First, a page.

Even the most ardent hip-hop fans may have trouble keeping up with the drama and accusations between 50 Cent and fellow G-Unit rappers Young Buck, Tony Yayo and Lloyd Banks. For years, the on-again, off-again crew has cycled between amiability and vitriol, with 50 himself saying in April that they were officially “dismantled.”
But in June, the group reunited (alongside newest member Kidd Kidd) at the annual New York hip-hop concert Summer Jam and began releasing new music, most notably their The Beauty of Independence EP in August.
“My interest wasn’t there for a while,” 50 tells Rolling Stone. “It took for Yayo to say things publicly to me that I didn’t understand [at the time] for me to reevaluate everything. I did so much for them that he didn’t have reasoning for it. It’s not that I have a problem with them, but I know, when I assess everything that’s happened overall in my life, some people have developed unbelievable senses of entitlement.
“With the guys, at points, people are extremely loyal to their comfort more than their loyalty to their friendship with you and a lot of times, people will take their feelings out on someone who’s close to them,” he continues. “So the person who loves you will do something wrong to you and say, ‘I’m sorry, you know I love you.’ Then I’d rather hang out with people who don’t love me.”
The rapper says having to manage the group at the same time as its members’ solo careers took its toll on him, and despite past differences, “something extreme” would have to happen for the group to break up again. “They’ve spent enough time on their own to feel what that feels like,” 50 says. “I’d rather everyone have their separate people.”
50 has already pushed back the release of his next solo album Street King Immortal to 2015 to put out the next G-Unit EP, The Beast Is G-Unit, later this year. (“I didn’t want to lose the momentum connected with everyone being back together.”) The crew has recorded 38 songs, six of which will be released for Beast.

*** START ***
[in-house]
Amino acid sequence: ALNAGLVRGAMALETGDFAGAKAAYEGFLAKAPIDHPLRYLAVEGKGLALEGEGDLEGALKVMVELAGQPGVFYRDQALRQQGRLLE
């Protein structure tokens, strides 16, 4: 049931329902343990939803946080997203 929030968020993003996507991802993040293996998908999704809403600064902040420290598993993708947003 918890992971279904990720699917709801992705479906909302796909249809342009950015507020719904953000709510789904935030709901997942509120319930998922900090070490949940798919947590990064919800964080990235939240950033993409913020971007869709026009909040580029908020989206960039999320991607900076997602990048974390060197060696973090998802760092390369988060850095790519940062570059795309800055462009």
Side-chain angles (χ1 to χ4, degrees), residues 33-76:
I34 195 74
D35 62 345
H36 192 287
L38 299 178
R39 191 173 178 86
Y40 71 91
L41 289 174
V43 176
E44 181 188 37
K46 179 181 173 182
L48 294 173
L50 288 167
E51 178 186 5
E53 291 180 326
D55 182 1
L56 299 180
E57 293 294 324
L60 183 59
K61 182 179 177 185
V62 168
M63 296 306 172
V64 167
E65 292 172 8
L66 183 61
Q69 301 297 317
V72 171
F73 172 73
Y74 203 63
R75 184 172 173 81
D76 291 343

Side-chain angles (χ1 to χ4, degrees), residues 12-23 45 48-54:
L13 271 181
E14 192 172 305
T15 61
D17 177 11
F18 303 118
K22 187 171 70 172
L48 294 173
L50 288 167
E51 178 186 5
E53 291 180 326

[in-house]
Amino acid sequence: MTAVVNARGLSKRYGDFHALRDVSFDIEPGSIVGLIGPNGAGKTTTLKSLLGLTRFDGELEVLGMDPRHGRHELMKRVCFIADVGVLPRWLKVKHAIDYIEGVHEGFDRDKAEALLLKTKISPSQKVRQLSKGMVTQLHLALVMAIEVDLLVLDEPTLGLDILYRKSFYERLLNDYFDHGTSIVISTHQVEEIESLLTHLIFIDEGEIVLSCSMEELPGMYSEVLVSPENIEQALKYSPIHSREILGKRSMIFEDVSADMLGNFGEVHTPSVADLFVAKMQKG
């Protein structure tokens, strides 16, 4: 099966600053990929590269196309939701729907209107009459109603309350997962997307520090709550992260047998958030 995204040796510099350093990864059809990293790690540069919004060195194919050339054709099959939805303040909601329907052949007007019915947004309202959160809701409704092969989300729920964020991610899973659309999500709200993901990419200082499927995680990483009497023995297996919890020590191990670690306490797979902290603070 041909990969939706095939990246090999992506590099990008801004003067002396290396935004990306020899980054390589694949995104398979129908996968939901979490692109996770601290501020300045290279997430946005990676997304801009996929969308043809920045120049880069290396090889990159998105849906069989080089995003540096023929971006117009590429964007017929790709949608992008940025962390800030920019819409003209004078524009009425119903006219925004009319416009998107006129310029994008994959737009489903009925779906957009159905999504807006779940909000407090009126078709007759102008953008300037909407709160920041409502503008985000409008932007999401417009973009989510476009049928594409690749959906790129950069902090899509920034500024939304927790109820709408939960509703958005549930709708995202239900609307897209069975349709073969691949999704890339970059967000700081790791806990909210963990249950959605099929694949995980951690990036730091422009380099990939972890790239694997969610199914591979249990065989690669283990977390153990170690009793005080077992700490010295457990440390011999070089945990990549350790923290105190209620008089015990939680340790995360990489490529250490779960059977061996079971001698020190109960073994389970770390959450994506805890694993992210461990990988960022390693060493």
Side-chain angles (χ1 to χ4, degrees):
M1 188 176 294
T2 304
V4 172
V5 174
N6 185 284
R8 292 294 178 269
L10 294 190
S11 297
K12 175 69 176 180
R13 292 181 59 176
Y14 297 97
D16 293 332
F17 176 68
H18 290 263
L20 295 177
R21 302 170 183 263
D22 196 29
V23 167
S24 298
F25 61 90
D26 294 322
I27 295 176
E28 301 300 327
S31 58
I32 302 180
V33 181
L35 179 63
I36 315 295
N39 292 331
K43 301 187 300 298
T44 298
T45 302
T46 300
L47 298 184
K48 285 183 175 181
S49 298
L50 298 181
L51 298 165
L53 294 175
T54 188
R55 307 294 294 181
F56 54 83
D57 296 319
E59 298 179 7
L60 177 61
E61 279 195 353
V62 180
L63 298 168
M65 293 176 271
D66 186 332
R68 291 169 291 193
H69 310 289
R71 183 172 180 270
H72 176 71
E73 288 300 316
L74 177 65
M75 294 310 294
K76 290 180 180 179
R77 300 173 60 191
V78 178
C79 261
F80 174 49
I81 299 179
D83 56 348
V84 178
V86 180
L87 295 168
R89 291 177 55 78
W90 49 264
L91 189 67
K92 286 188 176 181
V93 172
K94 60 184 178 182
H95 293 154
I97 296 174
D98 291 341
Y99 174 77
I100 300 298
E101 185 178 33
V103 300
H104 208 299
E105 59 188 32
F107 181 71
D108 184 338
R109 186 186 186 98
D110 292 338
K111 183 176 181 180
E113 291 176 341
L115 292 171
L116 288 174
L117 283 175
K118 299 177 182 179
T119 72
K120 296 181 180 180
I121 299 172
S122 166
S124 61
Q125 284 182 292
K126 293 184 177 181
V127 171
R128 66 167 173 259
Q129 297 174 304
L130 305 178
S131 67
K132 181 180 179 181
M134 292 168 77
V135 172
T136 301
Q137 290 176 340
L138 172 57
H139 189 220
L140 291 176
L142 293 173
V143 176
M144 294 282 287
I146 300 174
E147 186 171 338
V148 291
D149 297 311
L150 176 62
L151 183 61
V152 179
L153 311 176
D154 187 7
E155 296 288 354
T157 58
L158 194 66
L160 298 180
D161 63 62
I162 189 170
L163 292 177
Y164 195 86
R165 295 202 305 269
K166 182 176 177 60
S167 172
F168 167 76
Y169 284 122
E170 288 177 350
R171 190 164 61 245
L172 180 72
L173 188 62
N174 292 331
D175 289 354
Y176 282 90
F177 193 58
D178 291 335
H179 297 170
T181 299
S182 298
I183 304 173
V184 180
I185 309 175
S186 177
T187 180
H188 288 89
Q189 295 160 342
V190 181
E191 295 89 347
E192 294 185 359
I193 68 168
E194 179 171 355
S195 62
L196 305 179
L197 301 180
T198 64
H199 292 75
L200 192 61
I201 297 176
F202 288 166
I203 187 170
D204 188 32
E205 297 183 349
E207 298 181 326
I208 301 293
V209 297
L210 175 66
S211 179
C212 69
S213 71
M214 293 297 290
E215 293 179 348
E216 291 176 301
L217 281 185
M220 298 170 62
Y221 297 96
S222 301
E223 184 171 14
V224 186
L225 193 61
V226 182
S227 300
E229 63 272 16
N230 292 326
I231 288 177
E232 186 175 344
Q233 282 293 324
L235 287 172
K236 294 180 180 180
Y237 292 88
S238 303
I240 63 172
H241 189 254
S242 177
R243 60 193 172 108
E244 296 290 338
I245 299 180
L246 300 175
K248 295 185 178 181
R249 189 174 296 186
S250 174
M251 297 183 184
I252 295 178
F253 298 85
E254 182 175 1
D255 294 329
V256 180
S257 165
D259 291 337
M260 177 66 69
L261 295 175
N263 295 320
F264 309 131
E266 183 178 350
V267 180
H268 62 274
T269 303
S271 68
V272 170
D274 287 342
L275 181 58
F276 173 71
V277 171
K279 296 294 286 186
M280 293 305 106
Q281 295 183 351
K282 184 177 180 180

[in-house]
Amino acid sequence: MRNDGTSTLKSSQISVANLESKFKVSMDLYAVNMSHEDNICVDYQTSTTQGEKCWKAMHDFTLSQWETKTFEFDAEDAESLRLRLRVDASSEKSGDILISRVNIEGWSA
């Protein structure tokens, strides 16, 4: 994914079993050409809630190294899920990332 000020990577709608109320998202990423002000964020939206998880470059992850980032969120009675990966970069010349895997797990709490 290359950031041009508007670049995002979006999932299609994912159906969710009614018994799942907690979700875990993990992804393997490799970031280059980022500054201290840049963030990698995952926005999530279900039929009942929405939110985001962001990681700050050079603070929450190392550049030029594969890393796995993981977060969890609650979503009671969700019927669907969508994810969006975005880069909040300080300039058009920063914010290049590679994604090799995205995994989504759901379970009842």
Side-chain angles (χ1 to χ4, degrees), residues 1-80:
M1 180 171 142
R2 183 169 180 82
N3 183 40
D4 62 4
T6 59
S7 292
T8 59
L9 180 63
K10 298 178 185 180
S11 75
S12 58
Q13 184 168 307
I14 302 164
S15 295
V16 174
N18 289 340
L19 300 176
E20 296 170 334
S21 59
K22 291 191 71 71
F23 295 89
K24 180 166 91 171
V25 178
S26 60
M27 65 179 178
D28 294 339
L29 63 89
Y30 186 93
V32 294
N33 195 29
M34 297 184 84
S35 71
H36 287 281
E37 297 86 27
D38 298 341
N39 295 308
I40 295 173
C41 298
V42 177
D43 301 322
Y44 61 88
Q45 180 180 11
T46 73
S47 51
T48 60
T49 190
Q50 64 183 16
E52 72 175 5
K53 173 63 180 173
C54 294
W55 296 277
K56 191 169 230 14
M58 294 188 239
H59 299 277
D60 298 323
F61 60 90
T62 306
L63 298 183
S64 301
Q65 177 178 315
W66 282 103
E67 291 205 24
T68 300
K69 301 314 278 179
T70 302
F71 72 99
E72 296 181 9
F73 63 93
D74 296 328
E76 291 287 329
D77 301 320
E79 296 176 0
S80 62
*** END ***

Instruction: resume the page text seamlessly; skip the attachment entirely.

Asked the one thing he would have done differently in his past dealings with the crew, the rapper is characteristically blunt. “I wouldn’t have built something that required me as their center,” he says. “I would’ve built it so it functions on its own. When you look at it, they’ve sold millions of records on their own. If they weren’t so strongly associated [with G-Unit], they’d probably have crews under them. They didn’t really have an interest in doing that because they [already] had a strong association and had so much fun in the position they were in at that point.”
More than a decade after Get Rich or Die Tryin’, the rapper, who just finished wrapping up roles in Paul Feig’s action-comedy Spy and Antoine Fuqua’s boxing film Southpaw, understands those who would dismiss his other endeavors in film, business and philanthropy. “I’ve already accepted that some people don’t pay a lot attention,” says the rapper. “Those are the conservative people who don’t listen or see what’s going on in their culture. The people that are well aware of it see you move and see the transition and they see you change into things that you experience in life. You can’t stay the same. We’re like plants, man. We have to grow.”